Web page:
Experimental Analysis

Amy Finkelstein, Sarah Taubman, Heidi Allen, Bill Wright, and Katherine Baicker, "Effect of Medicaid Coverage on ED Use – Further Evidence from Oregon's Experiment", New England Journal of Medicine, 2016 Oct 20; 375(16): 1505-1507.
Abstract: Oregon’s 2008 expansion of Medicaid through random-lottery selection of potential enrollees from a waiting list offers the opportunity to assess Medicaid’s effects with a randomized evaluation that is not contaminated by confounding factors. Prior estimates from the Oregon Health Insurance Experiment showed that Medicaid increased emergency-department (ED) visits by 40% in the first 15 months after people won the lottery. This paper analyzes additional data in order to assess whether this increase represents a short-term effect that dissipates over time, as the newly insured substitute physician office visits for ED visits. We find no such decline: Medicaid coverage increased the average number of ED visits by 0.17 in the first six months of coverage and by 0.15 in the last six months (p-value of difference = .80). We also found no evidence that the newly insured are more likely to substitute doctor’s office visits for trips to the ED; rather, we found that Medicaid makes it more likely that individuals will use both types of care. For policymakers deliberating about Medicaid expansions, these results, which draw on the strength of a randomized controlled design, suggest that newly insured people will most likely use more health care across settings — including the ED — for at least 2 years and that expanded coverage is unlikely to drive substantial substitution of office visits for ED use.

Sarah Taubman, Heidi Allen, Bill Wright, Katherine Baicker, Amy Finkelstein, and the Oregon Health Study Group, "Medicaid Increases Emergency Department Use: Evidence from Oregon's Health Insurance Experiment", Science, 2014 Jan 17; 343(6168): 263-268.
Abstract: In 2008, Oregon initiated a limited expansion of a Medicaid program for uninsured, low-income adults, drawing names from a waiting list by lottery. This lottery created a rare opportunity to study the effects of Medicaid coverage using a randomized controlled design. Using the randomization provided by the lottery and emergency department records from Portland-area hospitals, we study the emergency department use of about 25,000 lottery participants over approximately 18 months after the lottery. We find that Medicaid coverage significantly increases overall emergency use by 0.41 visits per person, or 40 percent relative to an average of 1.02 visits per person in the control group. We find increases in emergency department visits across a broad range of types of visits, conditions, and subgroups, including increases in visits for conditions that may be most readily treatable in primary care settings.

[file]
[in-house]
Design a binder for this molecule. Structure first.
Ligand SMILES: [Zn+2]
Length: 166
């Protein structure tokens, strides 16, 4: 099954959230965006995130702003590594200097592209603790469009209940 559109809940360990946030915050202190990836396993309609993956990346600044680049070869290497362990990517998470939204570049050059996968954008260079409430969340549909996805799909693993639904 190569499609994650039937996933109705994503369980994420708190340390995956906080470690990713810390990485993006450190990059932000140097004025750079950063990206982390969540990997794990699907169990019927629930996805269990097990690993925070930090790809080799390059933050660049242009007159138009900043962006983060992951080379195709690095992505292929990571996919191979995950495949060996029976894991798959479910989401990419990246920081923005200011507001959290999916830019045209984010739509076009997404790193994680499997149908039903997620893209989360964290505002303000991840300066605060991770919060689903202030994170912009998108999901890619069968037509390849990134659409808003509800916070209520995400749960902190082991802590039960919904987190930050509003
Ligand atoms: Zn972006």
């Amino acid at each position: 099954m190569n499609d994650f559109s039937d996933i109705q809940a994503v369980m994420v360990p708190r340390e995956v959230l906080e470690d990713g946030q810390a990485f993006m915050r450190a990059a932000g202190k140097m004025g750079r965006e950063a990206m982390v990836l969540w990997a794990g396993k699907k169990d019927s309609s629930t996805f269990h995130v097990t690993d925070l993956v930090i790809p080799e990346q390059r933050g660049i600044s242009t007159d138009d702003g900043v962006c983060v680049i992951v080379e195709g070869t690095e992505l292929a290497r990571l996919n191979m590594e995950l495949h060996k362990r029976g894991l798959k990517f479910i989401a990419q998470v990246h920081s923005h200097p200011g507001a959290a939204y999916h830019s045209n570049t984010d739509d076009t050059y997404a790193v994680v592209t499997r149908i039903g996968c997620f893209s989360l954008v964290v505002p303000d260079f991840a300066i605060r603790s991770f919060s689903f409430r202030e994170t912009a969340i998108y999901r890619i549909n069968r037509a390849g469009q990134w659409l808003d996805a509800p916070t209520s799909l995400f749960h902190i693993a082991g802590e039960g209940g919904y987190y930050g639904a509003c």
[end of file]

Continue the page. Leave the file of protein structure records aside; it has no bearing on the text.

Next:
Katherine Baicker, Amy Finkelstein, Jae Song, and Sarah Taubman, "The Impact of Medicaid on Labor Market Activity and Program Participation: Evidence from the Oregon Health Insurance Experiment", American Economic Review: Papers and Proceedings, 2014 May; 104(5): 322-328.
Abstract: In 2008, a group of uninsured low-income adults in Oregon was selected by lottery for the chance to apply for Medicaid. Using this randomized design and 2009 administrative data, we find no significant effect of Medicaid on employment or earnings. Our 95 percent confidence intervals allow us to reject that Medicaid causes a decline in employment of more than 4.4 percentage points, or an increase of more than 1.2 percentage points. Medicaid increases food stamps receipt, but has little, if any, impact on receipt of other measured government benefits, including SSDI.

Katherine Baicker, Sarah Taubman, Heidi Allen, Mira Bernstein, Jonathan Gruber, Joseph P. Newhouse, Eric Schneider, Bill Wright, Alan Zaslavsky, Amy Finkelstein, and the Oregon Health Study Group, "The Oregon Experiment – Effects of Medicaid on Clinical Outcomes", New England Journal of Medicine, 2013 May; 368(18): 1713-1722.